For our sample size calculation, we estimated that IL-8 would detect 99% of patients with asymptomatic bacteriuria,11 and urine dipstick analysis would predict 50%.5 To detect a difference in sensitivities from 99% to 50% using an alpha of 0.05, a beta of 0.2, and a two-tailed test, 15 patients with asymptomatic bacteriuria were needed. Because approximately 7–8% of our pregnant population demonstrated asymptomatic bacteriuria during routine screening, we estimated that screening of 200 patients would be required. Statistical analyses were performed using GraphPad InStat (San Diego, CA). Dichotomous variables were analyzed using χ2 test. Comparisons of nonparametric continuous variables were analyzed using Mann-Whitney U test.
Twenty women were identified with asymptomatic bacteriuria. The most common pathogen identified was E coli (n = 15), followed by Proteus mirabilis (n = 2), Enterococcus faecalis (n = 1), Citrobacter koserii (n = 1), and Klebsiella pneumoniae (n = 1). No growth was seen in 36 samples, whereas 144 returned as “mixed flora,” consistent with contamination from vaginal or skin flora. These “mixed flora” cultures contained mixed gram-positive organisms, and none contained gram-negative organisms at levels greater than 10,000 colony-forming units per mL. Indications for screening were as follows: initial screen (n = 97), prior urinary tract infection (n = 56), sickle cell trait (n = 25), abnormal urine dipstick during visit (n = 12), diabetes (n = 7), and history of renal disease (n = 3). None of the women developed a clinical infection (ie, pyelonephritis, chorioamnionitis, pneumonia, etc) within 1 week of testing.
The median IL-8 concentration was 356 pg/mL (22–5620 pg/mL) for women with and 125 pg/mL (6–5365 pg/mL) for women without asymptomatic bacteriuria (P < .01, Mann-Whitney U test). The optimal cutoff point for IL-8, determined by a receiver operating characteristic curve, was 264 pg/mL. Using this value, sensitivity, specificity, positive and negative predictive values were calculated for urinary IL-8 and compared with the presence of urinary nitrites and/or leukocyte esterase (Table 1). Although IL-8 had a better sensitivity (70%) for detecting asymptomatic bacteriuria than did having either leukocyte esterase or nitrite present (45%), the difference was not significant (P = .20, χ2).
Urinary IL-8 identified 70% of pregnant women with asymptomatic bacteriuria, but this corresponded to missing 30% of women with infection. Although the impact of asymptomatic bacteriuria treatment on pregnancy outcomes such as preterm labor, hypertension, low birth weight, or anemia is debatable,12–15 the subsequent development of pyelonephritis in 20–40% of untreated pregnant patients with asymptomatic bacteriuria is well known.1 Therefore, a screening method that misses 30% of asymptomatic bacteriuria is unacceptable.
Our reported sensitivity for urine dipstick testing, 45%, was consistent with that of Bachman et al.5 However, urinary IL-8 did not perform as well in our population as it did in that reported by Ko et al,11 who found a sensitivity of 99% for identifying urinary tract infections. This is despite the fact that post hoc selection of a cutoff point by a receiver operating characteristic curve has the potential for overestimating sensitivity and specificity. Because IL-8 did not perform as well as we anticipated, we lacked sufficient power to detect a difference in sensitivities between urinary IL-8 and urine dipstick analysis. With our sensitivities of 70% for IL-8 and 45% for dipstick analysis (presence of nitrites and/or leukocyte esterase), we would need to evaluate 68 patients with asymptomatic bacteriuria to have 80% power to detect this difference using a two-tailed test with an alpha of 0.05.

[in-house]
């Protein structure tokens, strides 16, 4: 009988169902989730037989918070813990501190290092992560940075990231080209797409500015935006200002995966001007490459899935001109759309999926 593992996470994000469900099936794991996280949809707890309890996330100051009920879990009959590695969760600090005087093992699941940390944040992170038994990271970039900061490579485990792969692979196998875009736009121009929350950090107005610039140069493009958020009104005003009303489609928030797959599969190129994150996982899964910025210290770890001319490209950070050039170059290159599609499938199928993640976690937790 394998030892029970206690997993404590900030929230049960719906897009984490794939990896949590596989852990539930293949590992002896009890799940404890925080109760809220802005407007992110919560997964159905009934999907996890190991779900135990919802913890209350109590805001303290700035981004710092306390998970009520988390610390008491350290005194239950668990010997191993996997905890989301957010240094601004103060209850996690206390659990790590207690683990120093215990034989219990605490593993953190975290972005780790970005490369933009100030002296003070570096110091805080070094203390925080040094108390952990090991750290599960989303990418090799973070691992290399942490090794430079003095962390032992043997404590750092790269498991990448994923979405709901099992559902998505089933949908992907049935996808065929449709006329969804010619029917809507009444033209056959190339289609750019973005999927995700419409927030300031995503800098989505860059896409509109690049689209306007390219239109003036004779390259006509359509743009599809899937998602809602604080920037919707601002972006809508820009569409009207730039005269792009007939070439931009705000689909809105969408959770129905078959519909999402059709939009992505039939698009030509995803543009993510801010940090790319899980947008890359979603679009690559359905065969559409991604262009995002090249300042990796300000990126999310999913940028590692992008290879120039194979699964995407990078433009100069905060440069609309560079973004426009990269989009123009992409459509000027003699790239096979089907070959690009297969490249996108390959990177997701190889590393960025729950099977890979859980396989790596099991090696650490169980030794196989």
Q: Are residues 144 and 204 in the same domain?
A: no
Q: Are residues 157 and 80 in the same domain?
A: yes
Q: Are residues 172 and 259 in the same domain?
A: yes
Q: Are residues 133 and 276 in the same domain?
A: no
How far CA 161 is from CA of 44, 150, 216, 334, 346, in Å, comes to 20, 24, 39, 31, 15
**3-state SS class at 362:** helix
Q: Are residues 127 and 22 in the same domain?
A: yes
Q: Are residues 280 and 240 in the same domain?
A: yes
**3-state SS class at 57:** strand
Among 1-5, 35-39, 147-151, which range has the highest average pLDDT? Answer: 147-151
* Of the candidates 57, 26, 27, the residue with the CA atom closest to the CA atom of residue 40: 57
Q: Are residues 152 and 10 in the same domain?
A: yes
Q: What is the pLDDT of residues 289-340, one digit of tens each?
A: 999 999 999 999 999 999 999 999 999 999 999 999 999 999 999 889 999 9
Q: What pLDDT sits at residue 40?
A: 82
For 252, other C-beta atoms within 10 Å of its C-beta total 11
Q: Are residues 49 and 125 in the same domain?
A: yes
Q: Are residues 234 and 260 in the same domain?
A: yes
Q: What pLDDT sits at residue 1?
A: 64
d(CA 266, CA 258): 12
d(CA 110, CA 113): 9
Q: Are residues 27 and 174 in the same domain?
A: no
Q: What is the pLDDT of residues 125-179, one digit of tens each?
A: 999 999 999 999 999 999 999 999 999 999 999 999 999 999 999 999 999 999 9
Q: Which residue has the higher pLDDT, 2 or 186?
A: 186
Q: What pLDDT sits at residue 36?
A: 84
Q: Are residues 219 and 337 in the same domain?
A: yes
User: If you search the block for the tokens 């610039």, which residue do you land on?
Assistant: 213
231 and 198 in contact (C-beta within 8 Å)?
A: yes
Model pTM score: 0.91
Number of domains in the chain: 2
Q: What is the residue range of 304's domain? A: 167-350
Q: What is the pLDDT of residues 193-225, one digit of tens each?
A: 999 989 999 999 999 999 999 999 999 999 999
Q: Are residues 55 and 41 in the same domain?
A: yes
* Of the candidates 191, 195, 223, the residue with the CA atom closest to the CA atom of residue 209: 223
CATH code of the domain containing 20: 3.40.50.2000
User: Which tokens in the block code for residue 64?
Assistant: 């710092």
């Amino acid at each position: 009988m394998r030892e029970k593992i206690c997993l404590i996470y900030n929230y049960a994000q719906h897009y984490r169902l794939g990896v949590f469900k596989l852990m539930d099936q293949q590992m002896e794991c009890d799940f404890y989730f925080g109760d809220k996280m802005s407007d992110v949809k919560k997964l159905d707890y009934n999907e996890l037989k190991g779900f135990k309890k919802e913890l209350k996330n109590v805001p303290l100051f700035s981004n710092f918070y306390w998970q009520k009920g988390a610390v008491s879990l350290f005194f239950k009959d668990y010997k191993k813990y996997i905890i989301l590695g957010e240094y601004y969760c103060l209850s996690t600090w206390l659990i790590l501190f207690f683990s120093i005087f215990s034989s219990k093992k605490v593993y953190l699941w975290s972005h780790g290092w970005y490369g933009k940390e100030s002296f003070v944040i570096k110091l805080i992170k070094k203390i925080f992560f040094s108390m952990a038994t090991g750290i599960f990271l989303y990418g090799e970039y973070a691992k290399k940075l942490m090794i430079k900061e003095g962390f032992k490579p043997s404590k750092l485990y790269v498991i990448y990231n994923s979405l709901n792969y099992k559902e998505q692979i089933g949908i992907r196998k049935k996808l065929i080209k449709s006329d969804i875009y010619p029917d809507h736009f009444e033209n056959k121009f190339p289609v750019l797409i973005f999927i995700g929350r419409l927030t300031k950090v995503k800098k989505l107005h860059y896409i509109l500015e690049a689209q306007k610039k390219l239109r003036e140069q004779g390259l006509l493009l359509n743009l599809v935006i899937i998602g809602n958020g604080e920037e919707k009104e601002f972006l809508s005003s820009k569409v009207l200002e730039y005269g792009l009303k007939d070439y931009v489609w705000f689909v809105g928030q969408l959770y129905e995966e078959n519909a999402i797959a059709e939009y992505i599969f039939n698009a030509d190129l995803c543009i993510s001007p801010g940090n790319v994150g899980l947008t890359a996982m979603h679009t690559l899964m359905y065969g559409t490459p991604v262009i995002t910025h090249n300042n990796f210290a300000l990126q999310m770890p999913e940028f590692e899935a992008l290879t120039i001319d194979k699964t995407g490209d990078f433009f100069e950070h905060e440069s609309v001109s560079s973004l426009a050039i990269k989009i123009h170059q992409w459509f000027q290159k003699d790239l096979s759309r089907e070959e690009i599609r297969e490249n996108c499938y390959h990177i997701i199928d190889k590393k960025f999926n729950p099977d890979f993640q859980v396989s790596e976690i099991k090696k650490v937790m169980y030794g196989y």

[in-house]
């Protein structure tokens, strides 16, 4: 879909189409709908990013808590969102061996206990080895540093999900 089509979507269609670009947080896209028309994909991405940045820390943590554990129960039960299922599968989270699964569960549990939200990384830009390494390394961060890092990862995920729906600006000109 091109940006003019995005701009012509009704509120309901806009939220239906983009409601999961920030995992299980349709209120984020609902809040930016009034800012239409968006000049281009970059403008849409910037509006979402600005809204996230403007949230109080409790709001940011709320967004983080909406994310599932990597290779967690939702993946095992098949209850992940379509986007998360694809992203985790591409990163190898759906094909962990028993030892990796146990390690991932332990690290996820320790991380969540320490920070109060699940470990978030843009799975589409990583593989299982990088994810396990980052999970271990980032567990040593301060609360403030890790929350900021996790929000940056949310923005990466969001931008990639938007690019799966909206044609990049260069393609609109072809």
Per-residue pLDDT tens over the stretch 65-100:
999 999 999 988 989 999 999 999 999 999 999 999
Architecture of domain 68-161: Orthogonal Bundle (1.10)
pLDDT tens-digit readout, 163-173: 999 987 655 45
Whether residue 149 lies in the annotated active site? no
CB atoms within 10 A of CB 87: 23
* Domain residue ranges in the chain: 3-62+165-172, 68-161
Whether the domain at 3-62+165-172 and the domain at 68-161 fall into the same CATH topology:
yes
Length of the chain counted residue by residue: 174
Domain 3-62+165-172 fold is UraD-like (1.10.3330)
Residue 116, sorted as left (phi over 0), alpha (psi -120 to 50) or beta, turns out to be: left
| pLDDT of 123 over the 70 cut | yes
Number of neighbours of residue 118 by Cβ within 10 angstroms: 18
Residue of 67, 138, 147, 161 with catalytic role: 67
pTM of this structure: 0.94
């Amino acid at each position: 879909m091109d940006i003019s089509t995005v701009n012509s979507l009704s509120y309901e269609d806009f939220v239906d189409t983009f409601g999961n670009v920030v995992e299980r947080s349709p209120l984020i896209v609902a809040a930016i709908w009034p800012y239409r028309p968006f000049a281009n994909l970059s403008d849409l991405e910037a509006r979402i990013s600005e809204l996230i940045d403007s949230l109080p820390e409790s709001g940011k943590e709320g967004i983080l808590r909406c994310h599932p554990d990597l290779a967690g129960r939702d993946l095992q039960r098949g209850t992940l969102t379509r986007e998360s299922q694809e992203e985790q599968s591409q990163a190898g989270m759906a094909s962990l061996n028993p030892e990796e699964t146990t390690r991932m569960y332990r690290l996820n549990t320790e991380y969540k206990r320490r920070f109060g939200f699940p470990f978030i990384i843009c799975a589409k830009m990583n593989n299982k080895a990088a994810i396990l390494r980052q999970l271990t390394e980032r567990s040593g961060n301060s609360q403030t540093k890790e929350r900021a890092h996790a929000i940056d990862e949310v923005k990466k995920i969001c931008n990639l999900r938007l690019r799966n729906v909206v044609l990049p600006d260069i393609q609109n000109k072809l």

There are several reasons to explain why IL-8 may not have performed as well in our patient population as we expected. First, we had many urine samples that were apparently contaminated with skin or vaginal flora. In the study by Ko et al,11 controls were chosen from patients known to have normal urinalyses. Such patients are notably different from our “control” patients, of whom only 20% had cultures with no bacterial growth. Contaminated urine samples may contain vaginal or cervical secretions, which are known to have increased levels of IL-8.16 Therefore, urinary IL-8 levels in these women may be falsely elevated by cervicovaginal IL-8.
Another reason that IL-8 may not have performed well in our patients is that we studied asymptomatic patients, whereas all patients evaluated by Ko et al11 were symptomatic. Women with symptomatic urinary tract infections may have more mucosal inflammation, which could lead to higher levels of urinary IL-8, because IL-8 is produced at the mucosal surface.10 Finally, we studied only pregnant women, whereas Ko et al11 evaluated male and female patients of all ages. It is possible that urinary IL-8 production may be exaggerated with urinary tract infections in pregnancy.
We cannot recommend the use of urinary IL-8 or urine dipstick analysis as methods for detecting asymptomatic bacteriuria in pregnant women. At our institution, the costs for urine culture, IL-8, and dipstick analysis are $35, $12.85, and $2.68, respectively. Based on the poor performance of urine dipstick and IL-8 testing, the costs of the tests and the potential impact of missing asymptomatic bacteriuria in pregnancy, urine culture remains the best screening method for detecting asymptomatic bacteriuria in our patients. Although Rouse et al17 reported that either dipstick analysis (without confirmatory urine culture) or urine culture is a cost-effective method for asymptomatic bacteriuria screening, they used a sensitivity of 72% for dipstick analysis in their model, as opposed to 45% noted in our patients. Additionally, under their model, patients with a positive nitrite or leukocyte esterase would receive empiric treatment for an infection, and urine culture would not be performed. Because the positive predictive value for dipstick analysis varies from 16–62%,5–7 treating women based on the presence of urinary nitrites or leukocyte esterase would expose approximately 40–85% of these mothers and their fetuses to unnecessary antibiotics.